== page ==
More than 80% of Reallocated ERA Funds Remained in Same States during First Reallocation Round

The Department of the Treasury (Treasury) released new data about Emergency Rental Assistance (ERA) grantees that voluntarily reallocated their funds or had their funds recaptured and the programs that received those reallocated funds. The reallocation was the first of several rounds in which Treasury will recapture “excess” ERA1 funds from programs that did not meet required benchmarks, after which Treasury will reallocate those funds to programs with additional need. Due to the large amount of voluntarily reallocated funds, 81% of the funds reallocated by Treasury during this first round remained in the states in which they had been recaptured.

Treasury is statutorily required to reallocate ERA1 money from grantees with “excess” funds to grantees in need of additional resources. Grantees that did not obligate 65% of their funds and did not meet a 30% expenditure ratio by September 30 were determined to have “excess funds.” The expenditure ratio is the amount grantees have distributed divided by 90% of their total ERA1 allocation. The amount of funds recaptured was based on the difference between a grantee’s expenditure ratio and the 30% threshold. The expenditure ratio benchmark increases each month, and Treasury intends to reevaluate grantees’ expenditure ratios approximately every two months.

Treasury released updated reallocation documents that detail which grantees had funds recaptured and which grantees voluntarily gave up funding, as well as where the funding went. More than $1 billion was voluntarily reallocated, with $875 million going to grantees in the same states and $162 million going toward general reallocation. Another $91 million was recaptured from grantees that did not meet the required expenditure threshold and did not voluntarily reallocate funds, making the total reallocation pool approximately $1.1 billion. Wisconsin, North Dakota, Indiana, Louisiana, and Tennessee all voluntarily gave up more than $100 million of their allocations. In North Dakota, which has no local grantees, the state relinquished a total of $149 million from a general fund. In the four other states, the voluntarily reallocated funds went to local grantees within each state. Idaho, Montana, and Delaware had the largest amounts of funding recaptured involuntarily, with $33 million, $22 million, and $11 million, respectively, being recaptured.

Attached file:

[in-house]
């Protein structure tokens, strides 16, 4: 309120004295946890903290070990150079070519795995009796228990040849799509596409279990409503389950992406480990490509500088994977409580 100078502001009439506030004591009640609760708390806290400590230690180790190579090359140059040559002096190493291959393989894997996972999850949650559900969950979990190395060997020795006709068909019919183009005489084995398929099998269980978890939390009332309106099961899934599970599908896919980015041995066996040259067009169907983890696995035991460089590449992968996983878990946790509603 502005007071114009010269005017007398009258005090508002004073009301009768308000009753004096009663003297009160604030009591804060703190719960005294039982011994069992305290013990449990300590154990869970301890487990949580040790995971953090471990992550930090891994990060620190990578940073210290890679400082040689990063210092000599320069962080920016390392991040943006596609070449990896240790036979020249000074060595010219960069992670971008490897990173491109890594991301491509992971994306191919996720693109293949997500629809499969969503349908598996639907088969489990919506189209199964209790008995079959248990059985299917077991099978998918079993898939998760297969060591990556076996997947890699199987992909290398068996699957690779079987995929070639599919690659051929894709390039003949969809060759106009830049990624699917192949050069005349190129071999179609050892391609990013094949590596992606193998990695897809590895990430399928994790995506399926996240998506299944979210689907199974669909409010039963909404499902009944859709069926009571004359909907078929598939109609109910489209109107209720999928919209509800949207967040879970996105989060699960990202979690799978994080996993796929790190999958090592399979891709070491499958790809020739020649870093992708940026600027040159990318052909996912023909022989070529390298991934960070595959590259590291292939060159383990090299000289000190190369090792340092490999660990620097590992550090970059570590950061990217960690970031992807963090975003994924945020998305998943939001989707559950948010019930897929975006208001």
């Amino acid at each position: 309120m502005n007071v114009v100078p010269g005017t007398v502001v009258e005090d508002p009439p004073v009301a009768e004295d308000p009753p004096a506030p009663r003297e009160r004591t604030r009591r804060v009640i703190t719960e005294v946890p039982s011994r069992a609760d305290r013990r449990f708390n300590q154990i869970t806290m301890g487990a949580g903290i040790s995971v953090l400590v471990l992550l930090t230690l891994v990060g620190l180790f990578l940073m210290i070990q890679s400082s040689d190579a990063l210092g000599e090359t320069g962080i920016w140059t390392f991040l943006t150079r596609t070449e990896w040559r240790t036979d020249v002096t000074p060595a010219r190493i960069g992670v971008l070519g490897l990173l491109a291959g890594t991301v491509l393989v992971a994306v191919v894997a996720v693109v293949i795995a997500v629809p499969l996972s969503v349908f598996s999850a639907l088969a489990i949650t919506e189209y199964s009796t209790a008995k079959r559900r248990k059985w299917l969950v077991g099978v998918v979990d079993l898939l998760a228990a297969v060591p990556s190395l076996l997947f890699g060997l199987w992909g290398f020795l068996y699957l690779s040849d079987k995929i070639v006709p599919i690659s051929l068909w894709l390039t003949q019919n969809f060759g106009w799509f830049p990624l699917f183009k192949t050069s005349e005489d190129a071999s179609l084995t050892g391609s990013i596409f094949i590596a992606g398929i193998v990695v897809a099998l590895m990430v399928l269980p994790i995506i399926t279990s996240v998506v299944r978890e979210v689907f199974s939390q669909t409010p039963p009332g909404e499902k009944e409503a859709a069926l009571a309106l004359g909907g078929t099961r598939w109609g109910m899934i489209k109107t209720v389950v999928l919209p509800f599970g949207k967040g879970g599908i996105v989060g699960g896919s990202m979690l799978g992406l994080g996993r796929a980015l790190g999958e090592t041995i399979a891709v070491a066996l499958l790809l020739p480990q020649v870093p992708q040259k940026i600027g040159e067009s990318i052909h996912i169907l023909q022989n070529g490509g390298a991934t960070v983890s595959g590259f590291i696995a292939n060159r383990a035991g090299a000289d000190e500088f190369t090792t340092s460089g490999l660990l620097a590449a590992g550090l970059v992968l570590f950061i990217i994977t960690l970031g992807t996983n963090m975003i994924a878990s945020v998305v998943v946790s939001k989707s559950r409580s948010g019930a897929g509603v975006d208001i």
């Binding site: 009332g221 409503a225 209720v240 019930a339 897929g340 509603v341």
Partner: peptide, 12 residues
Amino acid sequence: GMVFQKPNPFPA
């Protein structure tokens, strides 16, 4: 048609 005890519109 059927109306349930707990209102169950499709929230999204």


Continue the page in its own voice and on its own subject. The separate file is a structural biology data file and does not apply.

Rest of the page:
Because most of the reallocated funds were given up voluntarily during the first round, most of those funds remained in the same states. Only $209 million of the more than $1 billion in reallocated funds, or 19%, crossed state lines. This is promising for slow-spending states that were able to reallocate their funds locally, as many local grantees have been more efficient than their state counterparts in spending their allocations. As a result, spending may pick up in states like Georgia, Arizona, Louisiana, Tennessee, and Wisconsin, where large amounts of funding were reallocated within the state. The small amount of funds available for reallocation across state lines, however, meant that some states with significant needs received far less than they requested. New York, for example, received only $27 million, despite requesting $1 billion, and Texas received nothing, despite requesting $3 billion. Grantees that received less funding than requested may have the opportunity to receive additional funds in future rounds of reallocation, though it remains unclear how Treasury is prioritizing grantees in the reallocation process.